Four members of the Embassy Protection Collective — Kevin Zeese, Margaret Flowers, Adriene Pine and David Paul — spoke in Philadelphia on Jan. 28. They were there to spread awareness about their struggle for Bolivarian Venezuela, as well as raise money for their ongoing court battle against the criminal Trump administration. The event was sponsored by the Coalición Fortaleza Latina PA, Black Alliance for Peace, the International Action Center and Workers World Party.
On April 24, 2019, the democratically elected president of Venezuela, Nicolás Maduro, recalled his diplomatic staff from the Venezuelan embassy in Washington, D.C. He gave the keys to a group called the Embassy Protection Collective in hopes that they could occupy and hold the embassy until a protective power agreement could come into play. That legal action would have prevented U.S.-backed anti-Maduro forces from taking over the embassy.
While inside, the embassy protectors were besieged by a pro-U.S. coup mob that refused to let anyone come through with food or water. The coup opposition in Venezuela is characterized by extreme right-wing positions on race and class, including promoting anti-Indigenous genocide. The opposition in D.C. frequently displayed these attitudes, exhibiting homophobia, transphobia, racism and sexism as well as committing physical and sexual violence. Many of the opposition mob looked like they had come for a vacation or on business, with some of them in suits and ties.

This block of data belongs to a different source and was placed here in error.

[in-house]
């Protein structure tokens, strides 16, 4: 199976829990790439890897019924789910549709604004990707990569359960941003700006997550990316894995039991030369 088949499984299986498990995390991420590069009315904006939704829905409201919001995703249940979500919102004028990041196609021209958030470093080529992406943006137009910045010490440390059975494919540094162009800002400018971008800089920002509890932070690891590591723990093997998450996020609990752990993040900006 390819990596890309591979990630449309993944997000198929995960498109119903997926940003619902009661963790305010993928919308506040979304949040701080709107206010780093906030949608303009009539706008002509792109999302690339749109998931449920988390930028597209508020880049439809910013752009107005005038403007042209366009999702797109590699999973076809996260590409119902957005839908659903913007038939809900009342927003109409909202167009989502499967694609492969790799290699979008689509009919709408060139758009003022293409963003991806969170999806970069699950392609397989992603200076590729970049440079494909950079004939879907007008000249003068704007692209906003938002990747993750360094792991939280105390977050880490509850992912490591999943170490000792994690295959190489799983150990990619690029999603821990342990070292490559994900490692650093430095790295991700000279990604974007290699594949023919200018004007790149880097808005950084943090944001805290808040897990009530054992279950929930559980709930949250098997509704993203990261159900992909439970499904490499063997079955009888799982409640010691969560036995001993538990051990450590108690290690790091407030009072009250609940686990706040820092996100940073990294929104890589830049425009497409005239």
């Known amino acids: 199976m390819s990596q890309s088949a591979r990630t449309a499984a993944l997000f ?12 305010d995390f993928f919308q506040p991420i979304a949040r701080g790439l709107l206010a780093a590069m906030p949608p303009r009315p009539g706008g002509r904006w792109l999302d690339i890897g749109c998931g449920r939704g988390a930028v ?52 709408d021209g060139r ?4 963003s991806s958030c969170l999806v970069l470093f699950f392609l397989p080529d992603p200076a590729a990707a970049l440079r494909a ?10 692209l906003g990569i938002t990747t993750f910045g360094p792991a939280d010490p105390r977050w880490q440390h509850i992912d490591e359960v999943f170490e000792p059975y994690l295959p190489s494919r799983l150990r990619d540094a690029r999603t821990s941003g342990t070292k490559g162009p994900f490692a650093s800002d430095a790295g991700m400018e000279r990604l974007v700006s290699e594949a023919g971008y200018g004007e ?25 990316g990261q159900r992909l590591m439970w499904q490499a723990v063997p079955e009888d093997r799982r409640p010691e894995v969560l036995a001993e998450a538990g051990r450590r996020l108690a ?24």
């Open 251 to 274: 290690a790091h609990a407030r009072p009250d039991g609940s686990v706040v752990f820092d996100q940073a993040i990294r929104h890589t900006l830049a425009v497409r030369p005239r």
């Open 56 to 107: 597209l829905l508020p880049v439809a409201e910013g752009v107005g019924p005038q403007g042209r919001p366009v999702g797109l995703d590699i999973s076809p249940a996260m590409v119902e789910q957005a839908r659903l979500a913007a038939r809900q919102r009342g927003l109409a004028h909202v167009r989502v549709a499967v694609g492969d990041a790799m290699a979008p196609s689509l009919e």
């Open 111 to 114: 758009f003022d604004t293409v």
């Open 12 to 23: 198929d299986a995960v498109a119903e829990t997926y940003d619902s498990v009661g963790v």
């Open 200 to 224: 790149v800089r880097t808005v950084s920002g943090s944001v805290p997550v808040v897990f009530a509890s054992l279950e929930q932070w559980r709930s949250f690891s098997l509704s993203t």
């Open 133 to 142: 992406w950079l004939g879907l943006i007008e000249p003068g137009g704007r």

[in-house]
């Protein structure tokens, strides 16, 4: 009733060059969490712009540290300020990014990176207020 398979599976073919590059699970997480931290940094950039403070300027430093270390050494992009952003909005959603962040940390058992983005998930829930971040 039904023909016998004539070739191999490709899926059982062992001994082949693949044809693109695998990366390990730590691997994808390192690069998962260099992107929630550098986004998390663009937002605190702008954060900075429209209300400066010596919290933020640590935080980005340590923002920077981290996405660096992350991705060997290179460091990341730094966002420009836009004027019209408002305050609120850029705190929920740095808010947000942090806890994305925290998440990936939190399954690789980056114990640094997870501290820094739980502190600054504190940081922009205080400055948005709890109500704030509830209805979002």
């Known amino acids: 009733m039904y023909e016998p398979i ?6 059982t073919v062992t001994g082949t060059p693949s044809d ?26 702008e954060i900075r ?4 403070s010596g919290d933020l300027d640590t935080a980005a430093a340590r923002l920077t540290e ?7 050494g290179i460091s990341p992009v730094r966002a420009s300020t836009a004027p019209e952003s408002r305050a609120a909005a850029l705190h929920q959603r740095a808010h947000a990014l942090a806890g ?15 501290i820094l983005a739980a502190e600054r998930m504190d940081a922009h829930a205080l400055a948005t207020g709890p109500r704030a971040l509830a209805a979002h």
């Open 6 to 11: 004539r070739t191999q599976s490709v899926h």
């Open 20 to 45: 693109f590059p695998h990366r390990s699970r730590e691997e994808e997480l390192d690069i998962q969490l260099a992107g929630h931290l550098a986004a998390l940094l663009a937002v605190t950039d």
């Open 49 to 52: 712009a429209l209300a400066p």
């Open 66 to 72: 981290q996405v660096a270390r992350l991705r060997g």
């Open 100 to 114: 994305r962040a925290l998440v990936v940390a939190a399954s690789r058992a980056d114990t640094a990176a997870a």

On May 16, 2019, the four embassy protectors remaining in the building — Zeeze, Flowers, Pine and Paul — were arrested under U.S. law, in violation of the Vienna Convention, which affirms the sovereign integrity of a nation’s embassy
These protectors now face an uphill court battle where it is anticipated that the judge will not allow them a “discovery phase” for evidence — thus setting up a show trial to guarantee they are convicted. The documents the embassy protectors seek to submit in discovery would prove their innocence under international law.
Information the jury would not be able to know includes that the four were allowed to be there by the democratically elected Maduro administration, which held sovereign power over the embassy.
At their Philadelphia presentation, the four talked about their experiences not only in the embassy but also when they travelled to Venezuela. Flowers noted, “What we hear in the United States about Venezuela is basically the complete opposite of the reality down there.”
– Report and photo by Scott Warren